- Shipwreck Sites Open to Divers ("Exempted Sites") - This web page explains the requirements for recreational diving activities, including casual artifact collection, on exempted shipwreck sites (which do not require a permit). It also includes descriptions for most of the 40 exempted sites off the Massachusetts coast.
- Reconnaissance Permits - This permit is required for divers inspecting and identifying underwater archaeological resources that will have minimal disturbance to the site.
- Excavation Permits - This permit is required to uncover and/or remove underwater archaeological resources through the use of disruptive investigation techniques.
- Special Use Permits - This permit is granted to qualified archaeologists for environmental review, public planning, and scientific research projects.
- Isolated Find Application Form - This is an exemption form to obtain title to an isolated find—an artifact that has been displaced from its original location. The collecting of Isolated Finds is not allowed from archaeological sites or within Underwater Archaeological Preserves (areas established to recognize and protect resources of substantial archaeological and historical value).
Additional Links to Underwater Archaeological Resources
- A Tale of Two Shipwrecks - From Sea History magazine (Autumn 2008), this article explores the mystery of a shipwreck found on an outer Cape Cod beach, as well as one found the same year on the Oregon shores.
- The Remains of the H.M.S. Somerset - This article on page 66 of CZM's 2008 Coastlines file size 8MB magazine tells the story of the role and fate of this British sailing ship during the Revolutionary War and includes details on where its remains can be found today.
- Precious Cargo: Shipwrecks as Habitat - This article on page 42 of the 2004-2005 Coastlines file size 32MB provides insight on how shipwrecks can eventually develop into colorful homes for a variety of fish, mollusk, and plant species.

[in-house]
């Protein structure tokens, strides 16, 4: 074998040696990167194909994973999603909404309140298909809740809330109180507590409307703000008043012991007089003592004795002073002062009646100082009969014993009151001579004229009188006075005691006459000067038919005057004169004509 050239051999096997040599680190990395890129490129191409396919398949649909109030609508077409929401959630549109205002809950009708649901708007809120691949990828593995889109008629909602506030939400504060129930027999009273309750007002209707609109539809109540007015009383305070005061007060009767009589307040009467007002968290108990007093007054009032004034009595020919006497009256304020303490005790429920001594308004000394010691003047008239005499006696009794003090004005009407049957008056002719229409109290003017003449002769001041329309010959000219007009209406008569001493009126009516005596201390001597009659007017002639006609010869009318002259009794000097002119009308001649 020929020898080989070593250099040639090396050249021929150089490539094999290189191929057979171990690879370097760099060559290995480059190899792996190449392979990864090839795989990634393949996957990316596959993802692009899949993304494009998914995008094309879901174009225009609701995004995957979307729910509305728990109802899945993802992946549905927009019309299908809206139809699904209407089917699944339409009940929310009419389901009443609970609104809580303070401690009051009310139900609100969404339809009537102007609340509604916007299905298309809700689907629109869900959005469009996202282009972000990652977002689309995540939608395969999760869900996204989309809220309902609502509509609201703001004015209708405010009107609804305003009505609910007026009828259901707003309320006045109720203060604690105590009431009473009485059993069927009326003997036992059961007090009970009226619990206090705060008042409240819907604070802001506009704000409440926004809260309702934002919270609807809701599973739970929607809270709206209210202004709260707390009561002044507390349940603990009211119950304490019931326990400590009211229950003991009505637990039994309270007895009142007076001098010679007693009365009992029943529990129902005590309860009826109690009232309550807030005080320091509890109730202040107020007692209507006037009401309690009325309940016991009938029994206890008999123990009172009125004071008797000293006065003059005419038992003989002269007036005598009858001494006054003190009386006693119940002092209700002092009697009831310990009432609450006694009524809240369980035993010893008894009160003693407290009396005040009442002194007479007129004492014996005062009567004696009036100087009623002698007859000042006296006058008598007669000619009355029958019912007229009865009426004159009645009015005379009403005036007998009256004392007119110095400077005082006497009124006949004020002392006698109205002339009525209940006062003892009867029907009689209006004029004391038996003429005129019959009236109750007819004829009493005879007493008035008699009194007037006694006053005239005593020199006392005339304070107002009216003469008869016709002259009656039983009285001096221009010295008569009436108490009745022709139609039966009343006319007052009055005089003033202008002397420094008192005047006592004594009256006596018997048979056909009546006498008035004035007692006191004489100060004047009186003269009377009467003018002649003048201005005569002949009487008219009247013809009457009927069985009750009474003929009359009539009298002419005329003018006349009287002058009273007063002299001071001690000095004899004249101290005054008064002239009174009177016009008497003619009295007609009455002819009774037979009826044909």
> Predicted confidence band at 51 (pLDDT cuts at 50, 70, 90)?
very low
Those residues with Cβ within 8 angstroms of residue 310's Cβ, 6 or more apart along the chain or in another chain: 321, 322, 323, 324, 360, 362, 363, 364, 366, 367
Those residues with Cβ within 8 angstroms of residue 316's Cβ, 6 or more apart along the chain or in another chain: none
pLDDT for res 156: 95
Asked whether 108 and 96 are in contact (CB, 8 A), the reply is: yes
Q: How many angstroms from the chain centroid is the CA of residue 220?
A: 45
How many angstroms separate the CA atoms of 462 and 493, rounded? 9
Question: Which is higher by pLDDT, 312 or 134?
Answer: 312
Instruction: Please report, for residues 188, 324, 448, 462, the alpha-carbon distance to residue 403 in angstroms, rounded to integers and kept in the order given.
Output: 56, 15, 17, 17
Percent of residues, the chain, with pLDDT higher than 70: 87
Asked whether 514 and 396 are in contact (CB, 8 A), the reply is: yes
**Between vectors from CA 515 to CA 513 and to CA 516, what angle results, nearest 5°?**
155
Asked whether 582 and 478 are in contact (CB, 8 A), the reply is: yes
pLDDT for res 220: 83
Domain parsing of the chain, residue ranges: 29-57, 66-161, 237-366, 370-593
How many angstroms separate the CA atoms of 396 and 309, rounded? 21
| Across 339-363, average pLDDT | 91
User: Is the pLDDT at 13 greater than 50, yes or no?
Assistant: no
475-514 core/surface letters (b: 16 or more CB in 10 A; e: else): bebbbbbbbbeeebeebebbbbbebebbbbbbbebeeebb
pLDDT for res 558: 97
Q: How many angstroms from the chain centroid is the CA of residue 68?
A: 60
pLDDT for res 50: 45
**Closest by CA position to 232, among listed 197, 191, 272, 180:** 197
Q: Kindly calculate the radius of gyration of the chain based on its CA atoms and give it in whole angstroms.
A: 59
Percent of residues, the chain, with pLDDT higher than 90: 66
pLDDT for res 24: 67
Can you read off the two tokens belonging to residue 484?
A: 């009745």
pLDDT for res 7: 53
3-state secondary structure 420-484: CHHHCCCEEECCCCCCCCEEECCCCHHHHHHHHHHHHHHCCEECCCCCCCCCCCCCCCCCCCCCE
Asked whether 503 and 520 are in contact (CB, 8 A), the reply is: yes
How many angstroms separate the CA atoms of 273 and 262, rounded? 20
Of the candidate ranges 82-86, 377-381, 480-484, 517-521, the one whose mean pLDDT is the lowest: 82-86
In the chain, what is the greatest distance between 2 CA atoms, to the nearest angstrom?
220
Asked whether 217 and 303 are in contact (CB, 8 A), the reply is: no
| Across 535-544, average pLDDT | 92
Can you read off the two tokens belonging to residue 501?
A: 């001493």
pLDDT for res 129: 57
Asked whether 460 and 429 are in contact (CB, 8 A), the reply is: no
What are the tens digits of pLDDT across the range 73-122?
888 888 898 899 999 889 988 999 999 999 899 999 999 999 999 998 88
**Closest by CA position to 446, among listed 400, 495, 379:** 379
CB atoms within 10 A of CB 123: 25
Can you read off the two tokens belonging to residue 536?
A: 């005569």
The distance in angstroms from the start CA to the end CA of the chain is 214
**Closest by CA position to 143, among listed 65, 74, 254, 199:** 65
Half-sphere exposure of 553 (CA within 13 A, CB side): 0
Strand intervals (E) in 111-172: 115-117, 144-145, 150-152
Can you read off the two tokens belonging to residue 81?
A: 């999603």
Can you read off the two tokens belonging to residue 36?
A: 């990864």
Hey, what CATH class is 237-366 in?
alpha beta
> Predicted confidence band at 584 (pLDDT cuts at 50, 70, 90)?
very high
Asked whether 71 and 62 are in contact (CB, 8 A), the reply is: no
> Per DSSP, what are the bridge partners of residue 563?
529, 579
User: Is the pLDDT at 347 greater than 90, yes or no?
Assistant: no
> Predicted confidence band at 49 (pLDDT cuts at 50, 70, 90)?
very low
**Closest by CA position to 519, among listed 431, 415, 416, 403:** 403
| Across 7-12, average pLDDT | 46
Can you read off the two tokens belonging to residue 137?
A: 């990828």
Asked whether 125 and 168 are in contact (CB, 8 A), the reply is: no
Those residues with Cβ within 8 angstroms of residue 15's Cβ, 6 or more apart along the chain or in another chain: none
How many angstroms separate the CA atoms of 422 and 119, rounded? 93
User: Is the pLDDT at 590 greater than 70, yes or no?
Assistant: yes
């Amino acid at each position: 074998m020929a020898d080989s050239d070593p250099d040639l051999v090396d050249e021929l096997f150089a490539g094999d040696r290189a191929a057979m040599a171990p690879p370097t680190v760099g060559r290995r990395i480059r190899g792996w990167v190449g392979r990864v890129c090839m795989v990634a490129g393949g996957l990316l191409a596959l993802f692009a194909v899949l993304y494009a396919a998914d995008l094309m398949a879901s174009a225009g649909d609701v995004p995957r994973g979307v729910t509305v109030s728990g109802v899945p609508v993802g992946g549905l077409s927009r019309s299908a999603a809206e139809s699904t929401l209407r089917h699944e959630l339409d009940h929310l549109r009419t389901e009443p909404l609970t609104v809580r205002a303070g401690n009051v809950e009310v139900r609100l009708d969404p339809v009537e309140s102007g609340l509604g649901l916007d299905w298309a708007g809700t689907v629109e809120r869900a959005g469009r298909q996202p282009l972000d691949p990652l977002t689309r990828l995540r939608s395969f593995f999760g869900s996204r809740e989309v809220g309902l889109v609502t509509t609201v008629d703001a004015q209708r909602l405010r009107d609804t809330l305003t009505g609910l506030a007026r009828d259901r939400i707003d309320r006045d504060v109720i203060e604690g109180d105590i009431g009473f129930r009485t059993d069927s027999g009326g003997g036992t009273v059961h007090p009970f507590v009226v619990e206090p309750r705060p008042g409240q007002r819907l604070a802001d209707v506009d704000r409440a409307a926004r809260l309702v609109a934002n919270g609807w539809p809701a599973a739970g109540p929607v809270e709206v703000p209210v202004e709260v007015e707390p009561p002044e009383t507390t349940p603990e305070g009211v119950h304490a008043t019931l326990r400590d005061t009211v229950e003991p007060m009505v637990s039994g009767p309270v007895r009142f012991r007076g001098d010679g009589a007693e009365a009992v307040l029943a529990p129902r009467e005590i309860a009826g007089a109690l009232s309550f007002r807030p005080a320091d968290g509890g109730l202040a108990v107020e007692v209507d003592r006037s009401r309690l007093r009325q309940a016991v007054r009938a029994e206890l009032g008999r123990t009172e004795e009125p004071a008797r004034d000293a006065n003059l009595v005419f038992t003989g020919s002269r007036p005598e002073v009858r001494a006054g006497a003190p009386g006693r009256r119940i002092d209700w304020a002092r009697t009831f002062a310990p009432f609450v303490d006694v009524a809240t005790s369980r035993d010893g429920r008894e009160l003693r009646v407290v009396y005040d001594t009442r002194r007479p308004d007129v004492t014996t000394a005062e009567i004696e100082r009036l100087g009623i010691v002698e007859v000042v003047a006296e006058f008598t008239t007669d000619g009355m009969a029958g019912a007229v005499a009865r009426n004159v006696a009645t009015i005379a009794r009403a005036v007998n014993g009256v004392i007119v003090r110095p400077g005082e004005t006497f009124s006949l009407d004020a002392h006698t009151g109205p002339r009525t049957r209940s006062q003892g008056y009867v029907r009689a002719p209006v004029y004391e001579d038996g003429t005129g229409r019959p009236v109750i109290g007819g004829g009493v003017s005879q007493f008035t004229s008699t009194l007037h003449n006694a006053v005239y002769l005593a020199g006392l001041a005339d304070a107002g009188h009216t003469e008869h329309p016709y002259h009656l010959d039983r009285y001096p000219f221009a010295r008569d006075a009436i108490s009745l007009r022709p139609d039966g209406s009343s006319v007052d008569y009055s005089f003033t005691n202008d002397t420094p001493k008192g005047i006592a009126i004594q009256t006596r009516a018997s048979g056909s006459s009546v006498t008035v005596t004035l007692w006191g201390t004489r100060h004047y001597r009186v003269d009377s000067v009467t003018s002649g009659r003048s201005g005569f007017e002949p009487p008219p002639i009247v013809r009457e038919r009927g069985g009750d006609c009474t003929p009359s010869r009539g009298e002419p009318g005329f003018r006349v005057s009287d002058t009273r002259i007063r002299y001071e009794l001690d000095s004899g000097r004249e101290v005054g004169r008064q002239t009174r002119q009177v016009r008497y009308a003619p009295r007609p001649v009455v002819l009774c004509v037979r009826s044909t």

- Massachusetts Historical Commission - Chaired by the Secretary of the Commonwealth, this 17-member Commission is dedicated to identification, evaluation, and protection of important historical and archaeological assets of Massachusetts.
- Massachusetts Historical Society - This independent research library founded in 1791 offers collections, exhibitions, public lectures, tours, seminars, teacher workshops, and a research library providing valuable resources on American history, life, and culture.
- History & Culture at Cape Cod National Seashore - This website of the National Park Service offers information about archeology and maritime history of the outer Cape, including shipwrecks—such as the wreck of the H.M.S. Somerset.
- Custom House Maritime Museum - Managed by the Newburyport Maritime Society, this museum includes model ships, shipwreck and salvage items, artifacts from far-off voyages, and models of Coast Guard Ships.
- Online Museum of Underwater Archaeology - The site is designed to help underwater archaeologists and maritime historians present their research online to the public, including reports and photographs of current projects in the field. Exhibit topics include colonial and U.S. Civil War shipwrecks, as well as a children's introduction to underwater archaeology with interactive demonstrations of sidescan sonar and magnetometer data.
- CZ-Tip - Delve into the Mysteries of Maritime Massachusetts - This CZM tip offers intriguing stories on some strange and spooky sea stories that took place on and off the coast of Massachusetts, including details on the shipwrecks of the Whydah and the Jennie M. Carter.
- CZ-Tip - Coastal Activities for Kids - Also by CZM, this tip offers ideas on places for families to explore and learn about the coastal environment, and includes details on museums, education centers, and parks devoted to history, maritime culture, and heritage.
Photographs: provided by Victor Mastone, BUAR